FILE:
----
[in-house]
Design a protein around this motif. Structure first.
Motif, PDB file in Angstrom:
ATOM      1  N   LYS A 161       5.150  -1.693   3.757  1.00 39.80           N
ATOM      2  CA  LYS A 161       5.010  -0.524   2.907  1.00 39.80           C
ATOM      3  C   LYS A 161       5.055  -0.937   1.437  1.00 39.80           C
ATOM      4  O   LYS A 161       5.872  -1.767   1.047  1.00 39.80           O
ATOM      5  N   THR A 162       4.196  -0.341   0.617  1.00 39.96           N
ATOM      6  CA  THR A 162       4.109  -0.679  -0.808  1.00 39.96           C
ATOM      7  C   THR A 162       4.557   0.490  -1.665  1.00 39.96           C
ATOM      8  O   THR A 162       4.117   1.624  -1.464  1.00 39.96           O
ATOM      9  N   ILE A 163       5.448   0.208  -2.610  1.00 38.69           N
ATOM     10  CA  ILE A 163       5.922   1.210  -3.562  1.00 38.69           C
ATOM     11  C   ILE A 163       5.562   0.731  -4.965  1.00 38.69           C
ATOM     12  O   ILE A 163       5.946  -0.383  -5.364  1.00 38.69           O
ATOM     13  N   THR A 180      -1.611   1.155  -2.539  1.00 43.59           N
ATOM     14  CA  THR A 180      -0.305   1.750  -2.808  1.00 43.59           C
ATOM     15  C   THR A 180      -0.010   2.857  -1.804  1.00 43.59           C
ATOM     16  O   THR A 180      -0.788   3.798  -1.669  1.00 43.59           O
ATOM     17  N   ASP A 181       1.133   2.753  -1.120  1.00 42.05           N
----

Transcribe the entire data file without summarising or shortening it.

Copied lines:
[in-house]
Design a protein around this motif. Structure first.
Motif, PDB file in Angstrom:
ATOM      1  N   LYS A 161       5.150  -1.693   3.757  1.00 39.80           N
ATOM      2  CA  LYS A 161       5.010  -0.524   2.907  1.00 39.80           C
ATOM      3  C   LYS A 161       5.055  -0.937   1.437  1.00 39.80           C
ATOM      4  O   LYS A 161       5.872  -1.767   1.047  1.00 39.80           O
ATOM      5  N   THR A 162       4.196  -0.341   0.617  1.00 39.96           N
ATOM      6  CA  THR A 162       4.109  -0.679  -0.808  1.00 39.96           C
ATOM      7  C   THR A 162       4.557   0.490  -1.665  1.00 39.96           C
ATOM      8  O   THR A 162       4.117   1.624  -1.464  1.00 39.96           O
ATOM      9  N   ILE A 163       5.448   0.208  -2.610  1.00 38.69           N
ATOM     10  CA  ILE A 163       5.922   1.210  -3.562  1.00 38.69           C
ATOM     11  C   ILE A 163       5.562   0.731  -4.965  1.00 38.69           C
ATOM     12  O   ILE A 163       5.946  -0.383  -5.364  1.00 38.69           O
ATOM     13  N   THR A 180      -1.611   1.155  -2.539  1.00 43.59           N
ATOM     14  CA  THR A 180      -0.305   1.750  -2.808  1.00 43.59           C
ATOM     15  C   THR A 180      -0.010   2.857  -1.804  1.00 43.59           C
ATOM     16  O   THR A 180      -0.788   3.798  -1.669  1.00 43.59           O
ATOM     17  N   ASP A 181       1.133   2.753  -1.120  1.00 42.05           N